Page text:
Distant View of Whitby Abbey from Sleights Moor
After a short break here, we arrived at the impressive Falling Foss waterfall and it was here, as we stood on the bridge watching the water cascading through the trees, that the heavens decided to really open and subjected us to a downpour of monsoon proportions.
Chapel in Littlebeck
One mistake we made on the trip was in not taking a waterproof map case, which until the last three days of the walk hadn't been a problem but as we passed the Falling Foss tearooms, we needed to consult the guidebook as we now came upon a Coast to Coast signpost that appeared to be guiding us along the wrong side of the river. Consulting the book in the torrential rain would have resulted in it being turned to papier mache, so we decided to follow the signpost anyway. After a short distance it became apparent that it did indeed lead us along the wrong bank so we crossed to the other bank, splashing through the shallow water to the other side. Following the path alongside the river in the torrential rain, we came to a bridge that appeared to be leading us back to the other side of the river once more, so we left the riverbank and climbed up out of the woods on a track which soon became a country road as we approached Newton House farm.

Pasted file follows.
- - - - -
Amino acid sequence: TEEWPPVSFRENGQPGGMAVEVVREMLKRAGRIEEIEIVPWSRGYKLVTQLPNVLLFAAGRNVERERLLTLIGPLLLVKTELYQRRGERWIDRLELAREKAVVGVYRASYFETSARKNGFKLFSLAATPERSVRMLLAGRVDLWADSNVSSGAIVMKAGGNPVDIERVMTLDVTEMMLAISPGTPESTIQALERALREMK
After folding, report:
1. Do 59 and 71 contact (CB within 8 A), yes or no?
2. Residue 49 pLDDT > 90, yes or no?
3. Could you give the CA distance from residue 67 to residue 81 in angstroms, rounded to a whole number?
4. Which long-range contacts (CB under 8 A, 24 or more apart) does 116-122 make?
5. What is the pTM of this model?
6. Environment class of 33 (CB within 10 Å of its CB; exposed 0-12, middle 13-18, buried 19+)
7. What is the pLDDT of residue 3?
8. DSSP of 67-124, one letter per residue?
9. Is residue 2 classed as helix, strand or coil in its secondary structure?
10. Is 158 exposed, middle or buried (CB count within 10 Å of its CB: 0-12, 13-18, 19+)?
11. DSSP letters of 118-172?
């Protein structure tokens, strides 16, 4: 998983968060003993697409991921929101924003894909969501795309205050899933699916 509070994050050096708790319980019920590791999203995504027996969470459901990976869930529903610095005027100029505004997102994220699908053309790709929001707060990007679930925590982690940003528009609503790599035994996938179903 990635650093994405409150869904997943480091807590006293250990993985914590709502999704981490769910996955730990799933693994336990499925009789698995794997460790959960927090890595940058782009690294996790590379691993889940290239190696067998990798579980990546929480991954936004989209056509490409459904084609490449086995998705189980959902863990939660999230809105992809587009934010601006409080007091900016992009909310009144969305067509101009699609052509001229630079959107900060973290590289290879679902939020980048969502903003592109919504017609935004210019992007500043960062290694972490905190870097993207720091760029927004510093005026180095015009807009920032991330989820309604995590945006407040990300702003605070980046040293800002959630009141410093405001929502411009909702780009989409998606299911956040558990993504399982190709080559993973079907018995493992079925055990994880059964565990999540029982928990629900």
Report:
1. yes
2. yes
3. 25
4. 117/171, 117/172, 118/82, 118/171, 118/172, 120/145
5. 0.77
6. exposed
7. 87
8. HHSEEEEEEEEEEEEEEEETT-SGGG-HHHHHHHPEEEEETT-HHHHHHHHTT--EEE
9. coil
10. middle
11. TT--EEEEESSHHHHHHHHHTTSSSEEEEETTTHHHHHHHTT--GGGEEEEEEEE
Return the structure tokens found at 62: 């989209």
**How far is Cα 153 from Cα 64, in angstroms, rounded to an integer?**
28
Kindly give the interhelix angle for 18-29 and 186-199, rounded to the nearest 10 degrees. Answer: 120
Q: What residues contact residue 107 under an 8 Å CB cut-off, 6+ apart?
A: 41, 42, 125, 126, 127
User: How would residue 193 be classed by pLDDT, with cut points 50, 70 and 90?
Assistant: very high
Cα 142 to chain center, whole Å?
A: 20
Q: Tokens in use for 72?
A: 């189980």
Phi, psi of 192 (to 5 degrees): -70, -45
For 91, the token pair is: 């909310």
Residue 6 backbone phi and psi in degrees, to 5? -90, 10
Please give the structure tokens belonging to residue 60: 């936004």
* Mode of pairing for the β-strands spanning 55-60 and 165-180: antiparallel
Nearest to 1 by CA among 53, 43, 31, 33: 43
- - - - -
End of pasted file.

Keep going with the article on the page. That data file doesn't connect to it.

A very damp arrival in Robin Hood's Bay